Of course, he thought with carefully hidden bitterness, some of them are here only because it is a funeral. Well, that and the fact that none of them quite dared turn down Elizabeth's "invitation." He managed not to snort in disgust and reminded himself that a lifetime in politics had made him cynical. No doubt it has. But I know as well as Elizabeth does that some of those people behind us are delighted by what the Peeps've done. They just can't admit it, because the voters would tear them apart at the polls if they did.

He drew another deep breath as the procession finally entered the square before King Michael's Cathedral. The Star Kingdom's constitution specifically prohibited the establishment of an official state religion, but the House of Winton had been Second Reformation Roman Catholics for the last four centuries. King Michael had begun the construction of the cathedral which now bore his own name out of the royal family's private fortune in 65 After Landing—1528 Post Diaspora, by the reckoning of humanity at large—and every member of the royal family had been buried there since. The Star Kingdom's last state burial in King Michael's had been thirty-nine T-years before, after the death of King Roger III. Only eleven people from outside the royal house had ever been "interred" there, and of that eleven, three of the crypts were empty.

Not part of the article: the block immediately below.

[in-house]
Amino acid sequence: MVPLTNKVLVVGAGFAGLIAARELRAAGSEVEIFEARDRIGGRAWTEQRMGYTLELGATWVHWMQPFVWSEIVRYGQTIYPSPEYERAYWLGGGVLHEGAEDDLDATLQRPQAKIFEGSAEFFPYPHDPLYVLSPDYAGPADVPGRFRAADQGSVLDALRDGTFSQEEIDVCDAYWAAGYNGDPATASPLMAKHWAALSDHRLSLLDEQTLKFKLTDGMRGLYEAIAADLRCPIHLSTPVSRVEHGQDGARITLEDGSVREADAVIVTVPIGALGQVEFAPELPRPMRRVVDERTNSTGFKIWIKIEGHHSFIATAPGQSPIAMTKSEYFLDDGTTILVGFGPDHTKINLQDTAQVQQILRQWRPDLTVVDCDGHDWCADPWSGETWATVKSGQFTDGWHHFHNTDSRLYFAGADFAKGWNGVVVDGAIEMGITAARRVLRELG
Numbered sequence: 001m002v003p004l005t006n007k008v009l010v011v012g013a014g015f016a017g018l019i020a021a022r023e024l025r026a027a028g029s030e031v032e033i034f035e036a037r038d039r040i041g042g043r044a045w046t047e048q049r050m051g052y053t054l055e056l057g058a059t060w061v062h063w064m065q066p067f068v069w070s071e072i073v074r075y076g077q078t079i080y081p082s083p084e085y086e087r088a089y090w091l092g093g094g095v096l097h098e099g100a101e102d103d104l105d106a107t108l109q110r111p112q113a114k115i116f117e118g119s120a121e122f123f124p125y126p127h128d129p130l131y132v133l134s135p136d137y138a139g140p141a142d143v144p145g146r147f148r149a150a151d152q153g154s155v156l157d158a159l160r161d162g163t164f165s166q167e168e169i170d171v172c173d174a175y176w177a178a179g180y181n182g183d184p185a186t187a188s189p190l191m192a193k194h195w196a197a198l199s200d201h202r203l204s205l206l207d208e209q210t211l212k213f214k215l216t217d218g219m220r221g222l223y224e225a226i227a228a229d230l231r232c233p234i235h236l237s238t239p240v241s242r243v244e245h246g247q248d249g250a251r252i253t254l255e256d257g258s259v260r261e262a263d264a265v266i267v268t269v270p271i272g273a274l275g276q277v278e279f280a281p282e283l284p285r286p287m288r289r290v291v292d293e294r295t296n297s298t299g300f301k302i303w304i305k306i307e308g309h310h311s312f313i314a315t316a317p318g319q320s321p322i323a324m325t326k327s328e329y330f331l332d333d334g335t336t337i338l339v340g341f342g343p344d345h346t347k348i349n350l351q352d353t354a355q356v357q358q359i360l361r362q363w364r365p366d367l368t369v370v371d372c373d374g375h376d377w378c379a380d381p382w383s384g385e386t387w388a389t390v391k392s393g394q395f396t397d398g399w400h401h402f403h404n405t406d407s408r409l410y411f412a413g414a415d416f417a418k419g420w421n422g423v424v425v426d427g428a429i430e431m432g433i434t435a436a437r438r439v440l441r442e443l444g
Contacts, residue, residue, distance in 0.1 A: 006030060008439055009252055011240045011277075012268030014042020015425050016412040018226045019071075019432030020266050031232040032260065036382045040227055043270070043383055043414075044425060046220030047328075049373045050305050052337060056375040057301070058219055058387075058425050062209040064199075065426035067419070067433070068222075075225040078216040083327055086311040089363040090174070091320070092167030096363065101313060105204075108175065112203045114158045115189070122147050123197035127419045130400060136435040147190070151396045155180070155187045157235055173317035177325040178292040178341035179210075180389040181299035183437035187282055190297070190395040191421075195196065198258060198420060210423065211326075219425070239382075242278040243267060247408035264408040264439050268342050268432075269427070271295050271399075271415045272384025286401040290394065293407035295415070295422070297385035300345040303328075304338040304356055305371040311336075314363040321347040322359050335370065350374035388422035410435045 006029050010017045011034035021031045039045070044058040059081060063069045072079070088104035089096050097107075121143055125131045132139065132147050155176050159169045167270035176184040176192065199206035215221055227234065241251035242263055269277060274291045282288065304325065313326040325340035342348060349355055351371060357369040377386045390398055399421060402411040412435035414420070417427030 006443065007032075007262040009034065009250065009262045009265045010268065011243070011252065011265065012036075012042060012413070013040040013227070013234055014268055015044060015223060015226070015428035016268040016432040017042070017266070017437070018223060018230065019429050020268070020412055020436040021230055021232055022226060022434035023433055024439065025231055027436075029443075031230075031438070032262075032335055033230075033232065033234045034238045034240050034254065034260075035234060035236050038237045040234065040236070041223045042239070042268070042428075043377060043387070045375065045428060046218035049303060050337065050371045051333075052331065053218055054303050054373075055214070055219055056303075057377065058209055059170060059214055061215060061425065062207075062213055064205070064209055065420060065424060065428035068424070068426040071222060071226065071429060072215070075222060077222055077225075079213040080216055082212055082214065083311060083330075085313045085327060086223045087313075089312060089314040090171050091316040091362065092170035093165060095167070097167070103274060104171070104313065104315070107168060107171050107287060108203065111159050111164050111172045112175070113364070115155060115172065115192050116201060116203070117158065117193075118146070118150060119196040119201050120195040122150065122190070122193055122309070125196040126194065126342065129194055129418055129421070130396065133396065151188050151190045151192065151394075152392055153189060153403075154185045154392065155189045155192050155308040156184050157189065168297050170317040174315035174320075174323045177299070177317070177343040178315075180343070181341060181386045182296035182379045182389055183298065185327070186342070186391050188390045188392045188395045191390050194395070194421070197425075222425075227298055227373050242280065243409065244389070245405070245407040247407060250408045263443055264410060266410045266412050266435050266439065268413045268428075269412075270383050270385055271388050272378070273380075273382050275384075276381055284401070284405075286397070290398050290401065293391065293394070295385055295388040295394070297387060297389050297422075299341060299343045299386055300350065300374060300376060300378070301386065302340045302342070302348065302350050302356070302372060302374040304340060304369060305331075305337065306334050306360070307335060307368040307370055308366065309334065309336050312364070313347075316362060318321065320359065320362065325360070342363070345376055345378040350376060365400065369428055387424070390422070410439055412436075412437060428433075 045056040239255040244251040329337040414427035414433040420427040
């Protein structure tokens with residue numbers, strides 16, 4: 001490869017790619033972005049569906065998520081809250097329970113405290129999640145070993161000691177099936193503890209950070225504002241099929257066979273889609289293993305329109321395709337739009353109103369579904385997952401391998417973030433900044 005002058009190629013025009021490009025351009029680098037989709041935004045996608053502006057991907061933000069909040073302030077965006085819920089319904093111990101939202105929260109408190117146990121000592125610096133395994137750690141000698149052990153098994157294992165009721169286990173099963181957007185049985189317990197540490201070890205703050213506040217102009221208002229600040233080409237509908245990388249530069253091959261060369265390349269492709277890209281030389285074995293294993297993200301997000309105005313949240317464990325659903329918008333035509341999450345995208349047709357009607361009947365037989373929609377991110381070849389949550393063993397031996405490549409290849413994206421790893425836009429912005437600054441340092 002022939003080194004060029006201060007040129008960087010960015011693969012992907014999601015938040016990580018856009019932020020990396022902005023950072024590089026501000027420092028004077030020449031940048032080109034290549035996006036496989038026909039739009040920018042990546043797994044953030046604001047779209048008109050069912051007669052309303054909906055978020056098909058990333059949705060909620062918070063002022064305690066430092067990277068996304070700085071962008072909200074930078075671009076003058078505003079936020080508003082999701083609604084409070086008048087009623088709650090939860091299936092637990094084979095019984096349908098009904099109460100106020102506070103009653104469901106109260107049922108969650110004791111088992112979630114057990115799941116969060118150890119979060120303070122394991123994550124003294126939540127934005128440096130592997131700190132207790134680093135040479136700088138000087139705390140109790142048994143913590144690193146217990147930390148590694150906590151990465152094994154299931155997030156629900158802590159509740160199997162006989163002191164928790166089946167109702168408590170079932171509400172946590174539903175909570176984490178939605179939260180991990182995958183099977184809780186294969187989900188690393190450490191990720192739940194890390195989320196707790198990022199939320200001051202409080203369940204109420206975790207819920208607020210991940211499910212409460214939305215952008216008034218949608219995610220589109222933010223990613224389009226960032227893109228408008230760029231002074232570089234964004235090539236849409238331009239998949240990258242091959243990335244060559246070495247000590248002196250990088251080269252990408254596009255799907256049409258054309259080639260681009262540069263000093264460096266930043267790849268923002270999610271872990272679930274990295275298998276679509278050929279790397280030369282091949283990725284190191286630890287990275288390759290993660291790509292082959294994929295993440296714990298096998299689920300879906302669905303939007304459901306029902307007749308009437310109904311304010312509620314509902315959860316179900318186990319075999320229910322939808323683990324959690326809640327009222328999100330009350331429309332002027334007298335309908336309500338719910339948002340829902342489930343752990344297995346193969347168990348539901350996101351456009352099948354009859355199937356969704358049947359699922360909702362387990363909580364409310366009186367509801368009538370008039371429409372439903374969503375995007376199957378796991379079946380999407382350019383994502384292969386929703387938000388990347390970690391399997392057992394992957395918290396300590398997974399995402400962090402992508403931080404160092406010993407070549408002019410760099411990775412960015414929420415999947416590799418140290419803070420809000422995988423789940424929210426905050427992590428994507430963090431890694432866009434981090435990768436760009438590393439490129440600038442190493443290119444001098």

As the twelfth non-Winton crypt would be, Cromarty thought grimly, for he doubted, somehow, that Honor Harrington's body would ever be recovered, even after the People's Republic's defeat. But she would be in fitting company even then, he told himself, for the empty crypt which would be hers lay between the equally empty crypts of Edward Saganami and Ellen D'Orville.

The procession stopped before the cathedral, and a picked honor guard of senior Navy and Marine noncoms marched down the steps in perfect, metronome unison, timed by the endless, grieving taps of the drum. A petite, black-haired Marine colonel followed them, her movements equally exact despite a slight limp, and saluted the captain with the sword with parade-ground precision. Then she took the sheathed blade in her own gloved hands, executed a perfect about-face while the honor guard slid the empty coffin from the caisson, and led them back up the steps at the slow march.